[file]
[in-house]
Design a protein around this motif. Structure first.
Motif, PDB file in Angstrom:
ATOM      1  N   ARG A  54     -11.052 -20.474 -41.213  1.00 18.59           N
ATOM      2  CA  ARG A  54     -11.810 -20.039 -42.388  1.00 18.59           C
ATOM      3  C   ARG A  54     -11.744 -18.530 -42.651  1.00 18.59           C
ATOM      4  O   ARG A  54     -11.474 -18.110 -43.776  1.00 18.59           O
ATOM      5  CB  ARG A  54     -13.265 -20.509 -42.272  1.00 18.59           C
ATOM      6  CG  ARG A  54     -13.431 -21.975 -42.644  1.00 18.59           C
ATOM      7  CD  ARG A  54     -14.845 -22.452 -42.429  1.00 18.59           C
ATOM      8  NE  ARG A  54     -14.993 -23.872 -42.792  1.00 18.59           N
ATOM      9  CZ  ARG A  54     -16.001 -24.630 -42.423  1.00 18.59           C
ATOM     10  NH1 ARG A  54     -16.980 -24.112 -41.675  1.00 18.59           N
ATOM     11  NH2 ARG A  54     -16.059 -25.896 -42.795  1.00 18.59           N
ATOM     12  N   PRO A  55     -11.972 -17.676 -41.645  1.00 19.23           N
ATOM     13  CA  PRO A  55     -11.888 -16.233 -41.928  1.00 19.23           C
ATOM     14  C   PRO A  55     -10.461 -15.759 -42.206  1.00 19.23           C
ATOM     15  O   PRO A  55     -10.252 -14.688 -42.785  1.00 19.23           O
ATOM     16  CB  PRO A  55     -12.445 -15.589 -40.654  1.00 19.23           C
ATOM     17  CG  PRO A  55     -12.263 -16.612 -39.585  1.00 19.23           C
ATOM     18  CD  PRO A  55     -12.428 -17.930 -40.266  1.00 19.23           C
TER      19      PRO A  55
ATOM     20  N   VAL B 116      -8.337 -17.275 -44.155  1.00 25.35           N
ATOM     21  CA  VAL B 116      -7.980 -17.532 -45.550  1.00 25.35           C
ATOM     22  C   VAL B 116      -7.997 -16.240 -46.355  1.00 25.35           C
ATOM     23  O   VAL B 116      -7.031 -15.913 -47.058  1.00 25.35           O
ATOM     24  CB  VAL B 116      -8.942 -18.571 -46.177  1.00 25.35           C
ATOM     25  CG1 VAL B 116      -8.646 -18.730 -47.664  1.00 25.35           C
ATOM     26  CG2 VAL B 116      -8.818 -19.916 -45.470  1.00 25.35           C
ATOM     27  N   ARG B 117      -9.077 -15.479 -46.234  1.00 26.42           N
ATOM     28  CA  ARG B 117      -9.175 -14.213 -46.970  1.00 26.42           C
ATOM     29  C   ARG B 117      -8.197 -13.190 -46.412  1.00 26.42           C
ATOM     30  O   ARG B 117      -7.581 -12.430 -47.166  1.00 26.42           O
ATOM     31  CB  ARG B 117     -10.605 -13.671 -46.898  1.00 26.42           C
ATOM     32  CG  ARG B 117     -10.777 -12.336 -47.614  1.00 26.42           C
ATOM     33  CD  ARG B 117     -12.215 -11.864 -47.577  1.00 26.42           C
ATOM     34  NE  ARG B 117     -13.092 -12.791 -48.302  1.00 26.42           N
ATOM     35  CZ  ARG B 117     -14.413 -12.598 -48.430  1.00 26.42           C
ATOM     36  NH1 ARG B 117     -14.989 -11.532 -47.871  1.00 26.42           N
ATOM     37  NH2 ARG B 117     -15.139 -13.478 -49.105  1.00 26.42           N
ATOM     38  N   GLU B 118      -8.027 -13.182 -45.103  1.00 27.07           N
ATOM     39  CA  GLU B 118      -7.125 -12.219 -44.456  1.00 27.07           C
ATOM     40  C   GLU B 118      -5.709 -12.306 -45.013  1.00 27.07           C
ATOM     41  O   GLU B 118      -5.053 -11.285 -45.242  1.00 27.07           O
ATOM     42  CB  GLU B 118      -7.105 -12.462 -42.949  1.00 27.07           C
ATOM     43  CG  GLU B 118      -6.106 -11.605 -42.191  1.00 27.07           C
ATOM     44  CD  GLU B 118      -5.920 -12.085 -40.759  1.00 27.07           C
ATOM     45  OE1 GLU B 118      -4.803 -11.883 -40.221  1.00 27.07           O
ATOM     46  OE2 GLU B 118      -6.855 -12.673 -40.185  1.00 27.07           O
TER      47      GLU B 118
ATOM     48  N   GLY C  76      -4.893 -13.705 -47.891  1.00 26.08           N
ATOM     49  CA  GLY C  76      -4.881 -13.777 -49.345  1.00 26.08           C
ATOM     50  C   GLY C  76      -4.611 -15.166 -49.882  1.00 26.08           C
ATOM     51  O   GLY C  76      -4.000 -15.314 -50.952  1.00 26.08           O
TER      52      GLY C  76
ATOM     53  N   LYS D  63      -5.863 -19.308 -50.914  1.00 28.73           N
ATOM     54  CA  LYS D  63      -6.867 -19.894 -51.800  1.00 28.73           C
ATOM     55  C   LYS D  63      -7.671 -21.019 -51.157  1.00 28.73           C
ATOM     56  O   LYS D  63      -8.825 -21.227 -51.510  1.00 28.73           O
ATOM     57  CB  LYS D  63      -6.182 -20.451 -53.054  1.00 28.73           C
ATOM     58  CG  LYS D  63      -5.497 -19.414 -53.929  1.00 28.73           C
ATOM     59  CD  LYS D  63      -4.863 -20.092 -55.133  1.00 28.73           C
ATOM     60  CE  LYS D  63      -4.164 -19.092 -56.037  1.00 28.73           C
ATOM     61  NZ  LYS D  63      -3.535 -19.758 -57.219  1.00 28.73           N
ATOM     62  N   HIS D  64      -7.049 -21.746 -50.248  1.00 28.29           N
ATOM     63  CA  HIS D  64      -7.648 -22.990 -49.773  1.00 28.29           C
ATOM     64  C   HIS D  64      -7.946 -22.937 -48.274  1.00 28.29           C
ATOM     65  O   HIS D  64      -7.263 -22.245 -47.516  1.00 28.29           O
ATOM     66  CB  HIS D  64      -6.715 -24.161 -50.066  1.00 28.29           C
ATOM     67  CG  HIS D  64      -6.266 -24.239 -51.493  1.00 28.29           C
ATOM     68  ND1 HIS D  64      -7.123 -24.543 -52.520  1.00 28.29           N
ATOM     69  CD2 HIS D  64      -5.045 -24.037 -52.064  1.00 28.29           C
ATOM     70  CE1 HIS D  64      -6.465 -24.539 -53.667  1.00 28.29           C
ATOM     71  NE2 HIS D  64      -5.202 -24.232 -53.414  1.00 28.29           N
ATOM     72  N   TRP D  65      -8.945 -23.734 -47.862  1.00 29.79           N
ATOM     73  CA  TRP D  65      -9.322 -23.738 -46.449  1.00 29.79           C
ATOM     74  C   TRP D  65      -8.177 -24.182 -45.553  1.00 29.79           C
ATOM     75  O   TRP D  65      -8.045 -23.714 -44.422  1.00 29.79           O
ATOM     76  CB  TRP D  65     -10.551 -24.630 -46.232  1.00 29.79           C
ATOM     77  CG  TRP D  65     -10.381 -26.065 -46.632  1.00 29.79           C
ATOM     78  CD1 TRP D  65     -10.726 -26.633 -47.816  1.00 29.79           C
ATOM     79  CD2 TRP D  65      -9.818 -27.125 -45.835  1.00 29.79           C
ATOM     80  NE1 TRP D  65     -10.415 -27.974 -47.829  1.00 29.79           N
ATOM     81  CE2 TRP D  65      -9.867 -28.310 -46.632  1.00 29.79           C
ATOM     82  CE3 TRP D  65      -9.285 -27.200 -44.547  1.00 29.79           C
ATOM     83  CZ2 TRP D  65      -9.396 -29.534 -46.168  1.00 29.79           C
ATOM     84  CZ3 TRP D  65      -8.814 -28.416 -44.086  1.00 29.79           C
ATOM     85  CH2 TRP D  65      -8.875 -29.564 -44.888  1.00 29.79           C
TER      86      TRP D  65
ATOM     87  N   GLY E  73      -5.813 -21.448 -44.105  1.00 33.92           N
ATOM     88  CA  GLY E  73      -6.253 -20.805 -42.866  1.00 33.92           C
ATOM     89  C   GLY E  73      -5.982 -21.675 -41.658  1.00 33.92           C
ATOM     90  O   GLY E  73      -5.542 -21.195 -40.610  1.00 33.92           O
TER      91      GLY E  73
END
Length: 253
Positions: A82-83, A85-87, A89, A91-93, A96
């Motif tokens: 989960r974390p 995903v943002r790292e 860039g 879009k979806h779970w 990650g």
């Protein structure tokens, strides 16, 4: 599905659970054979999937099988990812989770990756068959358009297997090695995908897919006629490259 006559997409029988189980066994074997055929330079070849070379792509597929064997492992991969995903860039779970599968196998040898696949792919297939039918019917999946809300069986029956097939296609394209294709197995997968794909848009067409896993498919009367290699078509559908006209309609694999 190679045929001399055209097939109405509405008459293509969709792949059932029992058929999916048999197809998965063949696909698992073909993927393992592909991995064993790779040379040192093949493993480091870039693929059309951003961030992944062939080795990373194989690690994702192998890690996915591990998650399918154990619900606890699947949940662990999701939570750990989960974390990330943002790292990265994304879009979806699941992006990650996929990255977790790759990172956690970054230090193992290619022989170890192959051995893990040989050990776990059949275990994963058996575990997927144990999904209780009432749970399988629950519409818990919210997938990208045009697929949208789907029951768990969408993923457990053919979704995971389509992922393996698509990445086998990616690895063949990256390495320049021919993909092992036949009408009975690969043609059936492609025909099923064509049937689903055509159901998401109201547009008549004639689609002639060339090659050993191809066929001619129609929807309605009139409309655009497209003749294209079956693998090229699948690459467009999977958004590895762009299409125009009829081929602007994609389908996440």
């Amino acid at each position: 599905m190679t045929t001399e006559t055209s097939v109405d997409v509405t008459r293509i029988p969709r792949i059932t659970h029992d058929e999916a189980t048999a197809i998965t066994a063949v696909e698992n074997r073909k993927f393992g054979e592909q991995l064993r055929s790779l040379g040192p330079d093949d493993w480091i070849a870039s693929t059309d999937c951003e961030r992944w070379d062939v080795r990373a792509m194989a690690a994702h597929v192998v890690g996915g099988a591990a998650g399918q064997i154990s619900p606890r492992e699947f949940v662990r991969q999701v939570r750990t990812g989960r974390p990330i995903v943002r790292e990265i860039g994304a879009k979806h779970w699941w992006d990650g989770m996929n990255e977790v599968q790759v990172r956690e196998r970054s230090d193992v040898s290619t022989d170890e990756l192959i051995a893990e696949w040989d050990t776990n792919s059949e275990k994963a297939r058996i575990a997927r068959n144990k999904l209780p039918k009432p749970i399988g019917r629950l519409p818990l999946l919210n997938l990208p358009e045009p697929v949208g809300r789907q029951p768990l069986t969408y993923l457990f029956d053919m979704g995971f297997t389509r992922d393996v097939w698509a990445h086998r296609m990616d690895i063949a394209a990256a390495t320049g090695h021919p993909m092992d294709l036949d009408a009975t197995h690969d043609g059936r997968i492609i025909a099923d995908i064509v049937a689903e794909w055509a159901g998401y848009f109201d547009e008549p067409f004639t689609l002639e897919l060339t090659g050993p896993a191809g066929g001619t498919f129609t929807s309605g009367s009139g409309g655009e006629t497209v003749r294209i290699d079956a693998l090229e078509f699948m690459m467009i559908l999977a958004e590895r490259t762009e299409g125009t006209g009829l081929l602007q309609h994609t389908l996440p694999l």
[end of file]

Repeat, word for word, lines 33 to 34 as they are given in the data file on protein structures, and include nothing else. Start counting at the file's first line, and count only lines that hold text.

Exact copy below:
ATOM     30  O   ARG B 117      -7.581 -12.430 -47.166  1.00 26.42           O
ATOM     31  CB  ARG B 117     -10.605 -13.671 -46.898  1.00 26.42           C